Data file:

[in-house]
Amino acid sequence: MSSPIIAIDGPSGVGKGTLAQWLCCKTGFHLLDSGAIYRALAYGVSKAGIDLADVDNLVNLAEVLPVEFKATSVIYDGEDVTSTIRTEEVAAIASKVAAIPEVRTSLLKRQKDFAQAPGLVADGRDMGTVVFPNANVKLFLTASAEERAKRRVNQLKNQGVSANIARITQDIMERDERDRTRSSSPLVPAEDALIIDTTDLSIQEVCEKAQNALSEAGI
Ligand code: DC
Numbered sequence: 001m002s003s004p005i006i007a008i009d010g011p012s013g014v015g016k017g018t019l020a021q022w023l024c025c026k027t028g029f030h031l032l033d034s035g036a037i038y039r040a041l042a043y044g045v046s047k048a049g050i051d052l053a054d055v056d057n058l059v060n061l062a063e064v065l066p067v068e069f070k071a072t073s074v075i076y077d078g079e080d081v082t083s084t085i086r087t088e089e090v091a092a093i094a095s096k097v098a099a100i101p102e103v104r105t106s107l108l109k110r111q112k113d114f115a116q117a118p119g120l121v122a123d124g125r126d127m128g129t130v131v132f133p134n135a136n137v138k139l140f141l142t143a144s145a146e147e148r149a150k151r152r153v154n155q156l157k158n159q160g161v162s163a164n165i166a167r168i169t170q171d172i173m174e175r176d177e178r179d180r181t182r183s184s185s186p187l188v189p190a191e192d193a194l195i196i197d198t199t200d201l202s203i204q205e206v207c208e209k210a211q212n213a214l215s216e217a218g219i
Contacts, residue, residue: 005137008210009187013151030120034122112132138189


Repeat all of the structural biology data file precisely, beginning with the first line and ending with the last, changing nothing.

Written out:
[in-house]
Amino acid sequence: MSSPIIAIDGPSGVGKGTLAQWLCCKTGFHLLDSGAIYRALAYGVSKAGIDLADVDNLVNLAEVLPVEFKATSVIYDGEDVTSTIRTEEVAAIASKVAAIPEVRTSLLKRQKDFAQAPGLVADGRDMGTVVFPNANVKLFLTASAEERAKRRVNQLKNQGVSANIARITQDIMERDERDRTRSSSPLVPAEDALIIDTTDLSIQEVCEKAQNALSEAGI
Ligand code: DC
Numbered sequence: 001m002s003s004p005i006i007a008i009d010g011p012s013g014v015g016k017g018t019l020a021q022w023l024c025c026k027t028g029f030h031l032l033d034s035g036a037i038y039r040a041l042a043y044g045v046s047k048a049g050i051d052l053a054d055v056d057n058l059v060n061l062a063e064v065l066p067v068e069f070k071a072t073s074v075i076y077d078g079e080d081v082t083s084t085i086r087t088e089e090v091a092a093i094a095s096k097v098a099a100i101p102e103v104r105t106s107l108l109k110r111q112k113d114f115a116q117a118p119g120l121v122a123d124g125r126d127m128g129t130v131v132f133p134n135a136n137v138k139l140f141l142t143a144s145a146e147e148r149a150k151r152r153v154n155q156l157k158n159q160g161v162s163a164n165i166a167r168i169t170q171d172i173m174e175r176d177e178r179d180r181t182r183s184s185s186p187l188v189p190a191e192d193a194l195i196i197d198t199t200d201l202s203i204q205e206v207c208e209k210a211q212n213a214l215s216e217a218g219i
Contacts, residue, residue: 005137008210009187013151030120034122112132138189